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31 - Psychotherapy across cultures

from Part IV - Theoretical aspects of management

Published online by Cambridge University Press:  11 August 2009

Digby Tantam
Affiliation:
Centre for the Study of Conflict and Reconciliation School of Health and Related Research University of Sheffield 30 Regent Street Sheffield S1 4DA UK
Dinesh Bhugra
Affiliation:
Institute of Psychiatry, London
Kamaldeep Bhui
Affiliation:
Barts & The London, Queen Mary School of Medicine and Dentistry
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Summary

EDITORS' INTRODUCTION

Psychotherapy has been a major part of therapeutic armentatrium in managing patients with mental illness. Often seen as a product of Western Eurocentric tradition, it is argued that not all psychotherapies are suitable for all cultural groups. Cultural norms of different psychotherapeutic interventions are often indigenous but these get ignored when groups move to other cultures. Tantam in this chapter emphasizes that there are clear ethnic and cultural values that are important in determining therapeutic needs and interventions. A person is immersed in a culture but is consigned to a class or ethnic group. Members of a class have specified status, social influence, health and opportunities for wealth creation. Ethnicity and religion are related to organizing principles of status in society. Western psychotherapists and psychotherapy draw on two cultural traditions which are intertwined within Western psychotherapists, and psychotherapy draws on two cultural traditions which are intertwined within Western European thought. The success of causal explanations in aetiology and in therapy has secured their pre-eminence. Personal identity is a common issue in psychotherapy and this varies across cultures as do the concepts of self. Tantam emphasizes that cultural values are affect laden, which must be taken into account in any intervention. Provision of psychotherapy across cultures means that the therapist not only has to deal with unfamiliarity and uncertainty created by novel ideas or situations, but also means dealing with the emotional flavour of the novelties. This will be further affected by the way in which culture transmits emotional flavours.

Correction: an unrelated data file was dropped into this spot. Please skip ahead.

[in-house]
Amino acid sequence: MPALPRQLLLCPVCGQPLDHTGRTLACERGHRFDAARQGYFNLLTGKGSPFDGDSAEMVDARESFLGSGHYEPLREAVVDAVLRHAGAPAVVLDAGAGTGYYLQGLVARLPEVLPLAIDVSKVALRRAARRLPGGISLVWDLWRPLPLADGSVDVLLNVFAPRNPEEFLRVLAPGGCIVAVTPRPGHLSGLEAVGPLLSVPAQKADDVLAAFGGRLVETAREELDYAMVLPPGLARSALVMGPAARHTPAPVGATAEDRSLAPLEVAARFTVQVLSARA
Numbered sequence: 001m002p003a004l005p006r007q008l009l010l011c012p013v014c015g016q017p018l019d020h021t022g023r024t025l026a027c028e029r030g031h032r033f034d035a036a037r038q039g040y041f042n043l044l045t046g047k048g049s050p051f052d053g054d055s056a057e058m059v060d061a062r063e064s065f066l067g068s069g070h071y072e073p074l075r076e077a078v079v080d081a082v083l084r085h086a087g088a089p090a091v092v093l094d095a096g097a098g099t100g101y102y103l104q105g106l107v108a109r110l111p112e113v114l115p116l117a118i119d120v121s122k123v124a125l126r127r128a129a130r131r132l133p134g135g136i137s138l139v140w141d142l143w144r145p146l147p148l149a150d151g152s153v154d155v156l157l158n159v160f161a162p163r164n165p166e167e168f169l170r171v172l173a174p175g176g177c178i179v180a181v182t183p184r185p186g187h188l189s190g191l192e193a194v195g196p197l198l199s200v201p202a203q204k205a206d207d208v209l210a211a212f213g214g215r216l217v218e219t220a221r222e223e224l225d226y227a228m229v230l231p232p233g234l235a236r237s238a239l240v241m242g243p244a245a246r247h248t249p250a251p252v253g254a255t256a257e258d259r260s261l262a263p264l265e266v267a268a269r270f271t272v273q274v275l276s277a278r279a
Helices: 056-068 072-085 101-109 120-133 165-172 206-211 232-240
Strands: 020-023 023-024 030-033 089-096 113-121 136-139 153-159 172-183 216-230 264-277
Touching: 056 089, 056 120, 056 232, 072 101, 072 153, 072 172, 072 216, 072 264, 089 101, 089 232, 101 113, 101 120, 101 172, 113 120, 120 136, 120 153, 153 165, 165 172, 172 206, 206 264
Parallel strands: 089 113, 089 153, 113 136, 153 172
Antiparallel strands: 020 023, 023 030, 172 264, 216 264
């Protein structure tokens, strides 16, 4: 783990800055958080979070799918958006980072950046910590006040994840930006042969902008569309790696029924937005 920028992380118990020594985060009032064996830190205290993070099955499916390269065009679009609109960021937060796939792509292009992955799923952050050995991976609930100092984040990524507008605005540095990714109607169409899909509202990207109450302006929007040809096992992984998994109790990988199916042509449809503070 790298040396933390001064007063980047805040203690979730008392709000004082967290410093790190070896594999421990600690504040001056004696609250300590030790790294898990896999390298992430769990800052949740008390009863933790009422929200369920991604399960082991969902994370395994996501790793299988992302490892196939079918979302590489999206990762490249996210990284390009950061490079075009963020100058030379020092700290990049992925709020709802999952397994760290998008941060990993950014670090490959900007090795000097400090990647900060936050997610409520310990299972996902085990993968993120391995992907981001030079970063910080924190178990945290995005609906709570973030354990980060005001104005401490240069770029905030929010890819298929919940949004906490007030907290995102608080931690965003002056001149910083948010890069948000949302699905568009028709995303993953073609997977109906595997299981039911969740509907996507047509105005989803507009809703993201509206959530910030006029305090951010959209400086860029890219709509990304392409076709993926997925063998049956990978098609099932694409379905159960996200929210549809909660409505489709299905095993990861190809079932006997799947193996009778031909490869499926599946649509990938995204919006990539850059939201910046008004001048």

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Publisher: Cambridge University Press
Print publication year: 2007

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  • Psychotherapy across cultures
    • By Digby Tantam, Centre for the Study of Conflict and Reconciliation School of Health and Related Research University of Sheffield 30 Regent Street Sheffield S1 4DA UK
  • Edited by Dinesh Bhugra, Institute of Psychiatry, London, Kamaldeep Bhui
  • Book: Textbook of Cultural Psychiatry
  • Online publication: 11 August 2009
  • Chapter DOI: https://doi.org/10.1017/CBO9780511543609.033
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  • Psychotherapy across cultures
    • By Digby Tantam, Centre for the Study of Conflict and Reconciliation School of Health and Related Research University of Sheffield 30 Regent Street Sheffield S1 4DA UK
  • Edited by Dinesh Bhugra, Institute of Psychiatry, London, Kamaldeep Bhui
  • Book: Textbook of Cultural Psychiatry
  • Online publication: 11 August 2009
  • Chapter DOI: https://doi.org/10.1017/CBO9780511543609.033
Available formats
×

Save book to Google Drive

To save content items to your account, please confirm that you agree to abide by our usage policies. If this is the first time you use this feature, you will be asked to authorise Cambridge Core to connect with your account. Find out more about saving content to Google Drive.

  • Psychotherapy across cultures
    • By Digby Tantam, Centre for the Study of Conflict and Reconciliation School of Health and Related Research University of Sheffield 30 Regent Street Sheffield S1 4DA UK
  • Edited by Dinesh Bhugra, Institute of Psychiatry, London, Kamaldeep Bhui
  • Book: Textbook of Cultural Psychiatry
  • Online publication: 11 August 2009
  • Chapter DOI: https://doi.org/10.1017/CBO9780511543609.033
Available formats
×